Small Business Advocates Push Credit Card Reform
Many small businesses are foregoing bank loans and turning to credit cards as a means to run their operations, and that could mean trouble, according to small business advocates.
"There has been a wave of bank consolidation and many small business owners are less likely to have access to an independent bank that's receptive to their needs," said National Small Business Association President Todd McCracken in an interview in his downtown D.C. offices. "Big banks are largely driven by credit-scoring models that don't necessarily fit with small businesses."
Concurrent with the consolidation, banks have become more sophisticated in marketing credit cards to small businesses, he said.
According to an NSBA Web site survey, 23 percent of firms (of all sizes) in 1996 said they used a credit card in the last 12 months to meet their capital needs, while almost 44 percent had the same response in 2007.
"The terms of a credit card often change and when a bank changes an interest rate it's often unclear to its user," said McCracken. "We think more disclosure and notification is necessary."
The D.C. lobbying group is still feeling out its position on the issue but definitely supports "some kind of reform" said McCracken.
"Today, many banks just stick a paper-thin brochure with a lot of fine print in with your bill notifying you of changes," said McCracken. "These documents should notify you more clearly in advance if your interest rate is going to change."
The Federal Reserve in May proposed a new set of credit card regulations that would require more transparency from the credit card industry, such as offering customers an additional 30 days of advance notice if the credit card firm makes any changes in interest rates or other key terms. The public is available to comment on the proposal through September.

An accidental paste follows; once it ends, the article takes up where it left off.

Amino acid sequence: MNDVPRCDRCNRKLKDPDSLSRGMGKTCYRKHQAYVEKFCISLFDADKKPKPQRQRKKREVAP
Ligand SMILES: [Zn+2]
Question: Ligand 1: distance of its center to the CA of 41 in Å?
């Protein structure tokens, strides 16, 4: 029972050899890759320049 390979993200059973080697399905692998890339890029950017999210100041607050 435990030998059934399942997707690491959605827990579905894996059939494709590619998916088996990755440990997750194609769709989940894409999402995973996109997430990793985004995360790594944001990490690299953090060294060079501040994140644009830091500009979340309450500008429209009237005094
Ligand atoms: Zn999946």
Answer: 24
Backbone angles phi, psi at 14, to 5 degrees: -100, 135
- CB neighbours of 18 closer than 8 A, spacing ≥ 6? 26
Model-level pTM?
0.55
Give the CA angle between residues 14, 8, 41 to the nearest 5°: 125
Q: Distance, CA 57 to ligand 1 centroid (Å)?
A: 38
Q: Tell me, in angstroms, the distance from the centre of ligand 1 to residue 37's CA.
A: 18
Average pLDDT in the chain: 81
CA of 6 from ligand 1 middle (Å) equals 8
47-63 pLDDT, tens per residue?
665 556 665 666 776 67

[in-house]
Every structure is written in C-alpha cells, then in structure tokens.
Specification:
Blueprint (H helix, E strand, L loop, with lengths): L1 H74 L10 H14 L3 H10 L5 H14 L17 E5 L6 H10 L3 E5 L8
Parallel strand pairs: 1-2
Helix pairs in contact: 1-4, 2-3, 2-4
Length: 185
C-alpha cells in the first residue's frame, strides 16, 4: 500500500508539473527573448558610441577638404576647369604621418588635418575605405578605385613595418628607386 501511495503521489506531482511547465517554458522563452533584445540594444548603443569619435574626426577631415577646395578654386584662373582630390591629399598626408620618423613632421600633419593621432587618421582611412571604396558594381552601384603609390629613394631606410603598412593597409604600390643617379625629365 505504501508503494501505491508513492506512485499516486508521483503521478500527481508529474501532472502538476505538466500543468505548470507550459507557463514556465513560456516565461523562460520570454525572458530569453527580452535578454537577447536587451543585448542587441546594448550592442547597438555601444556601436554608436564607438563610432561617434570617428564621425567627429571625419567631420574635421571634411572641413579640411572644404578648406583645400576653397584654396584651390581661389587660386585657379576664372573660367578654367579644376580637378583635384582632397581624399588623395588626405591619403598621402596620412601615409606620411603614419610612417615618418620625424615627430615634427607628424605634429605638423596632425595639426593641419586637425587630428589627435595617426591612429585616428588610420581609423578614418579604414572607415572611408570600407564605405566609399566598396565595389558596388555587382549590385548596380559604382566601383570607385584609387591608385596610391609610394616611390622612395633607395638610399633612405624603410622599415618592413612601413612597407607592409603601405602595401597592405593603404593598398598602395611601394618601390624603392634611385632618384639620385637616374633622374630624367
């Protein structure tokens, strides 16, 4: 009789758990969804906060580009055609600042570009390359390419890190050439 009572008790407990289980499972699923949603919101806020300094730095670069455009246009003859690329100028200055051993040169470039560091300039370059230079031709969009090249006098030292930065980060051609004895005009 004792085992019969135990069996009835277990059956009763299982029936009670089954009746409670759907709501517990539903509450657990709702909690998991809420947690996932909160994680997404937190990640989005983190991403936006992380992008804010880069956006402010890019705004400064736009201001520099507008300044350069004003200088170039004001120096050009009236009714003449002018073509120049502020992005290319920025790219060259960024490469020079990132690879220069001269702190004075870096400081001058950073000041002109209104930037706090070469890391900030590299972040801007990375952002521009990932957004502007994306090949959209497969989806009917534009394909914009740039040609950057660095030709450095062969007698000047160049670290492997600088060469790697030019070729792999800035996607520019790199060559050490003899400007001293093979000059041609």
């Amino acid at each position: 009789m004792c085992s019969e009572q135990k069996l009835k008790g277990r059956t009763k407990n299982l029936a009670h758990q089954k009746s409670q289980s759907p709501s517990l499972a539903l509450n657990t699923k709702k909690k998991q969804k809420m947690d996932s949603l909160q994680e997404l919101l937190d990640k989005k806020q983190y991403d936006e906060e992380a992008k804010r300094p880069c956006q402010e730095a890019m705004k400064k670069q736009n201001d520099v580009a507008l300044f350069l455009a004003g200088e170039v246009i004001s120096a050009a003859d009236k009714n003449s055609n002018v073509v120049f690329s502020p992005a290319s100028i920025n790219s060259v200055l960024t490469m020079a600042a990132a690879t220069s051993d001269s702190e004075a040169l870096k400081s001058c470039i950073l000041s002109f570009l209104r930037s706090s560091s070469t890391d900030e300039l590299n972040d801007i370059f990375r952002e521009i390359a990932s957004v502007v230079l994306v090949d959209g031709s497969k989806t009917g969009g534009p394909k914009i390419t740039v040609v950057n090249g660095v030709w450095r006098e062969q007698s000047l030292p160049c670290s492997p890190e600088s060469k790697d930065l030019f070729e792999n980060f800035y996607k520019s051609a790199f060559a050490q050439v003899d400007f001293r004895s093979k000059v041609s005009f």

The NSBA plans to file a comment, which McCracken says will be "generally supportive of the Reserve's efforts," but likely will recommend some "fairly technical specific changes in what they now require."
"The more you regulate the credit card industry, costs are going to go up for someone and we're concerned that they could go up for small businesses," he said. "But the marketplace now isn't functioning well."
McCracken predicts that the Federal Reserve won't sit on the issue. House Financial Services Chairman Barney Frank (D-Mass.) has said the Fed better do something on credit card reform or he might propose that the responsibility of regulating the credit card industry be taken from the Fed and given to another agency.
Some consumer advocates say the Federal Reserve's approach doesn't go far enough. For example, it doesn't address charging interest on debt that already has been paid. If a small firm buys three computers for $8,000 and then pays $6,000 of that bill on time, some credit card firms will charge interest on the entire $8,000 rather than the remaining $2,000.
NSBA is keeping an eye on a reform bill, S. 1395, offered in May by Sen. Carl Levin (D-Mich.). The "Stop Unfair Practices in Credit Cards Act" imposes restrictions on interest rate increases and requires annual audits of the credit card operations and procedures. It's currently sitting in the Senate Banking, Housing and Urban Affairs Committee, but could see some movement after the August congressional recess.
NSBA has not publicly supported the bill, but agrees with some parts of it. "It's something we're taking a look at right now, and clearly, improved reporting is part of the solution," McCracken said.
Rep. Carolyn Maloney (D-N.Y.), who chairs the Financial Institutions and Consumer Credit Subcommittee, plans to hold a roundtable this summer that will bring together credit card issuers, consumer advocates and some members of the House Financial Services panel.
Small Business readers - have you turned to credit cards as a means to keep your business humming? Do you feel like you understand the terms of your credit card agreement and its changes?
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